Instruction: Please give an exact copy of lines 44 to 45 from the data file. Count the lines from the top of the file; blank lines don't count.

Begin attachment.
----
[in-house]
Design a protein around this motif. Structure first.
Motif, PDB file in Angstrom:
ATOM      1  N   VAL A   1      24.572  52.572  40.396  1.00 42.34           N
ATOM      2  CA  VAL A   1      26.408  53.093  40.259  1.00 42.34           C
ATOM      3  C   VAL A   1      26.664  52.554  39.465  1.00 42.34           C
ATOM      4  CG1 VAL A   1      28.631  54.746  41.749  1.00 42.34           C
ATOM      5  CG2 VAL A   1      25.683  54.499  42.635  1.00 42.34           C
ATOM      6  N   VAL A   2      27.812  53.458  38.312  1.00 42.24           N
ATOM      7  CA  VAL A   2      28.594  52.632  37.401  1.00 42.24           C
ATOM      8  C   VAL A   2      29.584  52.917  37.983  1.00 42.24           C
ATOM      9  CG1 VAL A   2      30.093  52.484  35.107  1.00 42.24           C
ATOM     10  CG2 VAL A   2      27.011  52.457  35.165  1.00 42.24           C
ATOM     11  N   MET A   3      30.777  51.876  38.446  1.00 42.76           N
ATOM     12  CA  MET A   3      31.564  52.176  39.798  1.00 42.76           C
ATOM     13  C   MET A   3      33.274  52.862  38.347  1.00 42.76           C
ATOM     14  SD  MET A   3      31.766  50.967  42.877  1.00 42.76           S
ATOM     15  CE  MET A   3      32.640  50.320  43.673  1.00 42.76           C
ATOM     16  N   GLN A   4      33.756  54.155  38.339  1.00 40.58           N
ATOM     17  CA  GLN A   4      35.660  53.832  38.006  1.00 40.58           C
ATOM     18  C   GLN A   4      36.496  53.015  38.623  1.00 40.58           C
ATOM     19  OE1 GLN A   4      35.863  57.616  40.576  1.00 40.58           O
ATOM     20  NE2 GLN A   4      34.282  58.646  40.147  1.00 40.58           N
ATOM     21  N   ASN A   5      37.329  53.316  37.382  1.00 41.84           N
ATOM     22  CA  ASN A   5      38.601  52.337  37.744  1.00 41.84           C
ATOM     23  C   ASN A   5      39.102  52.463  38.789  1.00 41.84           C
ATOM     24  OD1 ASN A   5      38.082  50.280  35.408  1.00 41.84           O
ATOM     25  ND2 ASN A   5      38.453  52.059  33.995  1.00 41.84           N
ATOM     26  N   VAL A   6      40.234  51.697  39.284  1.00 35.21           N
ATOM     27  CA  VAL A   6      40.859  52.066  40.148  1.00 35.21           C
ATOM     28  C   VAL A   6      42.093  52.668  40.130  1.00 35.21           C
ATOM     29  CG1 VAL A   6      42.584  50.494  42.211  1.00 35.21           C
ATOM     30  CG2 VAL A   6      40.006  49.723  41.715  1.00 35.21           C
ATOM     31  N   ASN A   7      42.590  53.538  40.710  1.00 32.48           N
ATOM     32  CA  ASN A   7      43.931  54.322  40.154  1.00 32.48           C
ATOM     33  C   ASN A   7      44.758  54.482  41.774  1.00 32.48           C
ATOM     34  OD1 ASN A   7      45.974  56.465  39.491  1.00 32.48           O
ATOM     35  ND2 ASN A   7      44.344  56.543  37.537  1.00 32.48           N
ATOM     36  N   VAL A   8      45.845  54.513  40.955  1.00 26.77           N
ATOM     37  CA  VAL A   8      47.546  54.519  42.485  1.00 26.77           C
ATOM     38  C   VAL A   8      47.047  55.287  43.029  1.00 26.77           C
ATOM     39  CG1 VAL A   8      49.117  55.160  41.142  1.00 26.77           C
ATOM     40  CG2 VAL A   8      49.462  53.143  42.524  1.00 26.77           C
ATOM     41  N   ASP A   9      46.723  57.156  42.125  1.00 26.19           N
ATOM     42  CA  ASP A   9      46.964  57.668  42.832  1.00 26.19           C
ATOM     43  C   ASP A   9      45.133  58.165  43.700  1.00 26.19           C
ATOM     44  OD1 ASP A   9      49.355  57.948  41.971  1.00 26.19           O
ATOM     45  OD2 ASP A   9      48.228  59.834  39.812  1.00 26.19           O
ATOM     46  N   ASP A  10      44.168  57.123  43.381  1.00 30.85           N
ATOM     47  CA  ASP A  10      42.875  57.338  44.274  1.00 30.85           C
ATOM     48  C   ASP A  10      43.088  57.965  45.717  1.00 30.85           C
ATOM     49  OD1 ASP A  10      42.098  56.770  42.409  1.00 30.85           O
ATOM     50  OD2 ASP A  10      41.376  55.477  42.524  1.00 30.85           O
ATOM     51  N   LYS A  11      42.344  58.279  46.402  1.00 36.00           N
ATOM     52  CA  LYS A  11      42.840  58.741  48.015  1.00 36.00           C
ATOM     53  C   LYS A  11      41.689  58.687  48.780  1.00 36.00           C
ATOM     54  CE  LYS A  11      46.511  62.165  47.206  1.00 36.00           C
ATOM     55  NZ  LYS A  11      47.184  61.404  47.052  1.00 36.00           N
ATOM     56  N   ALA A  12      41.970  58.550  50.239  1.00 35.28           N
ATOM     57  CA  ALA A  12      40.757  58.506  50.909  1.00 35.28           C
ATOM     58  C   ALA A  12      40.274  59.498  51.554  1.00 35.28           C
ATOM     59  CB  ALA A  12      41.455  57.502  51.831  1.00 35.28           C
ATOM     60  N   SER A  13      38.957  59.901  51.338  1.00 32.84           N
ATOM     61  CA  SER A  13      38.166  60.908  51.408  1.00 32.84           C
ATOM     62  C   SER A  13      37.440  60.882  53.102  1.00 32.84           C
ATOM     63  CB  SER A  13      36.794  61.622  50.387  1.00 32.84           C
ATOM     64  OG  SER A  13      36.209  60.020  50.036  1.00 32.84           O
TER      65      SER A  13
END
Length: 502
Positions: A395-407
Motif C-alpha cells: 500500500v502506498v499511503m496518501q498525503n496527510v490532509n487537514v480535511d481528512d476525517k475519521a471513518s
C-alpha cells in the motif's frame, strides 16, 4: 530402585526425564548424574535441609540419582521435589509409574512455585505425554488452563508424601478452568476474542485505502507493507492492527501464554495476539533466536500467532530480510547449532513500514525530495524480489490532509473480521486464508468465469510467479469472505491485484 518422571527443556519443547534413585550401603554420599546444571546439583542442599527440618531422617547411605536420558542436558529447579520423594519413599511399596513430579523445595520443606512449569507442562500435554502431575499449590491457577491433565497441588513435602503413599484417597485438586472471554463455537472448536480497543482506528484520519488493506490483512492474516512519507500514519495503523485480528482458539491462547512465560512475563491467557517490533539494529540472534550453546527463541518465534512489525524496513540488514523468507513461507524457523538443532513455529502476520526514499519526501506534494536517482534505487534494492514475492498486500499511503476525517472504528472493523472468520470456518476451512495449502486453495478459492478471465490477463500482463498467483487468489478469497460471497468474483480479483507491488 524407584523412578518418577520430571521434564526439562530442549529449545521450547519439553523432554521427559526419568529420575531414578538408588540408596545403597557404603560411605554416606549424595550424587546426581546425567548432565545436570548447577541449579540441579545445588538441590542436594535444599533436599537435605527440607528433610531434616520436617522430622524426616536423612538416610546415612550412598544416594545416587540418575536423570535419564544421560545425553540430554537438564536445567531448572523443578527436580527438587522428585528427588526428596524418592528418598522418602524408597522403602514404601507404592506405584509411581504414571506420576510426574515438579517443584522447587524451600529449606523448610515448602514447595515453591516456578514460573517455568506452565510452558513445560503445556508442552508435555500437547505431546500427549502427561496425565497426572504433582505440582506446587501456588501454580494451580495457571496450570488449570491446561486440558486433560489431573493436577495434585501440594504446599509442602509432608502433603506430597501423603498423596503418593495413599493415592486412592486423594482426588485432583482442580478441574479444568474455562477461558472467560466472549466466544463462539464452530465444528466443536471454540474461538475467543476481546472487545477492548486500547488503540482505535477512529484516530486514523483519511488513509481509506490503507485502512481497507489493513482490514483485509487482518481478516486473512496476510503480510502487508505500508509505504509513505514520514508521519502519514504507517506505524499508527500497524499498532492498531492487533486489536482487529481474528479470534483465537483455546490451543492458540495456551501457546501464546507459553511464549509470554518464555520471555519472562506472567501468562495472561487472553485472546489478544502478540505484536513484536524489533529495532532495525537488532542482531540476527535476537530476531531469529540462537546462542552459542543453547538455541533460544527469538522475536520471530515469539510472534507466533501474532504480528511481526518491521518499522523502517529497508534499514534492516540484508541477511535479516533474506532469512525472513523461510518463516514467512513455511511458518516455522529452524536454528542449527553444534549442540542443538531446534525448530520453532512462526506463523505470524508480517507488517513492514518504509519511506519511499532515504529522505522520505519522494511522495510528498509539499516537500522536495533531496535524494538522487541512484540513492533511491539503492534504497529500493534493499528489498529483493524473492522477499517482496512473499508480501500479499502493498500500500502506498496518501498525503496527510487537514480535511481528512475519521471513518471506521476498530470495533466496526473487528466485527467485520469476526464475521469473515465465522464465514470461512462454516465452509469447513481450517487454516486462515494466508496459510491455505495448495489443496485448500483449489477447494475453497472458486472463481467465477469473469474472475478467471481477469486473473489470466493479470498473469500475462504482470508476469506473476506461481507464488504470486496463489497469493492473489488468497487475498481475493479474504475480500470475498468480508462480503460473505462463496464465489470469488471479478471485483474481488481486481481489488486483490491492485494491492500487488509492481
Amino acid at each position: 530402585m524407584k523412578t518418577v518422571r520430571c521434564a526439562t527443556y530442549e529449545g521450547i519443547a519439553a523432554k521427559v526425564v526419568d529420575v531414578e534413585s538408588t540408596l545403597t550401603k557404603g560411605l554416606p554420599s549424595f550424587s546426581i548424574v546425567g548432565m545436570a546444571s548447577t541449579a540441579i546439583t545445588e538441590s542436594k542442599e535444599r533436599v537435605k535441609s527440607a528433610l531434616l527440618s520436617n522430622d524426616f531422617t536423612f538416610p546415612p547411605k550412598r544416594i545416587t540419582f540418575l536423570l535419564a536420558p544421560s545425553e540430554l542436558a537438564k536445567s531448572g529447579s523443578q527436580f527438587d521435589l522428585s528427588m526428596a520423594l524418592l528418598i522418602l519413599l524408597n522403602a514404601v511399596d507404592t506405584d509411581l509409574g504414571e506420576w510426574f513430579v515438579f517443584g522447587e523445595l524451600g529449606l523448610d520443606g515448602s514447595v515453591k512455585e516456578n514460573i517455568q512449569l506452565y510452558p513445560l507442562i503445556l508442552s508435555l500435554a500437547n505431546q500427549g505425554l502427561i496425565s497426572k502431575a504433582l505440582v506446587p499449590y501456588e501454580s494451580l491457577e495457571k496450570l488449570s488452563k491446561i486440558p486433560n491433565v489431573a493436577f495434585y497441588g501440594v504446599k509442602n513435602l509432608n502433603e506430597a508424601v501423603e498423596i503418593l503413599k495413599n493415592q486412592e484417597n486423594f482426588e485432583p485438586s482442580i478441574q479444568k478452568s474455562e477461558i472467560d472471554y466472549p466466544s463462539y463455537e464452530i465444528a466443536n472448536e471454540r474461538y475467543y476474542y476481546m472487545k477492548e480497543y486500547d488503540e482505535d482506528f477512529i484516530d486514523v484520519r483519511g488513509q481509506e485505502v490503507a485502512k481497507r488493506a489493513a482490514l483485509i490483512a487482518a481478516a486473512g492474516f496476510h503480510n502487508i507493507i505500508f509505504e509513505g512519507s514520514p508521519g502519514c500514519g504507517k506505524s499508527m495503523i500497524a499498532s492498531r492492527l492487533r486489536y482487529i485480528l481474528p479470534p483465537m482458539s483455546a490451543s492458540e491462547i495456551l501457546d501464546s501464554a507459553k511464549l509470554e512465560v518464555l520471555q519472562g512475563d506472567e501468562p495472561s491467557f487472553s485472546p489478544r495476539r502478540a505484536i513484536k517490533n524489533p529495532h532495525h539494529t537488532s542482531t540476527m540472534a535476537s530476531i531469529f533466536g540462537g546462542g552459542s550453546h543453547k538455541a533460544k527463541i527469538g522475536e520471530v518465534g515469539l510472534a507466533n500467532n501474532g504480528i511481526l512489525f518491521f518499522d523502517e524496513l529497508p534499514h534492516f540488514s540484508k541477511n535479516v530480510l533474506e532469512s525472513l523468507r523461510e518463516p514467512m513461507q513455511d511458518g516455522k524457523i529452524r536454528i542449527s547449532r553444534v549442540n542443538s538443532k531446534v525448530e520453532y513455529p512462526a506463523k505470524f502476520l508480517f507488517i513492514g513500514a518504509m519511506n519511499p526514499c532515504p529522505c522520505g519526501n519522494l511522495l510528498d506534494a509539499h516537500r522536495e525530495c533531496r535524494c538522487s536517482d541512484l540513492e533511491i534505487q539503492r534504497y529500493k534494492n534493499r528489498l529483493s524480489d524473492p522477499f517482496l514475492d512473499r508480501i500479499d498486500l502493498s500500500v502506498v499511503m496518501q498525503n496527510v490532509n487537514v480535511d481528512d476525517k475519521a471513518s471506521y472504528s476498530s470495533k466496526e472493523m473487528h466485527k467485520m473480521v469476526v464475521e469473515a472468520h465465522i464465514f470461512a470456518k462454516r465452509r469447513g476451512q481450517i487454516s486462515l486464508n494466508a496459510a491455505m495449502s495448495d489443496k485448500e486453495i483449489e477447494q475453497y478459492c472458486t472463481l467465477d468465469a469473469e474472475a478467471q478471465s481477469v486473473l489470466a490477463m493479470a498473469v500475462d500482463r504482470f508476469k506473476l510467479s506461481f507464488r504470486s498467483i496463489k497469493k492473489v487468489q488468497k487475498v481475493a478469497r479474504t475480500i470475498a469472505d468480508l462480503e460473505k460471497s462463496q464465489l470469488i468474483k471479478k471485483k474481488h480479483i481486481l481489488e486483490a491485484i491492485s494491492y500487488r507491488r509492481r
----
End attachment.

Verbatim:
ATOM     41  N   ASP A   9      46.723  57.156  42.125  1.00 26.19           N
ATOM     42  CA  ASP A   9      46.964  57.668  42.832  1.00 26.19           C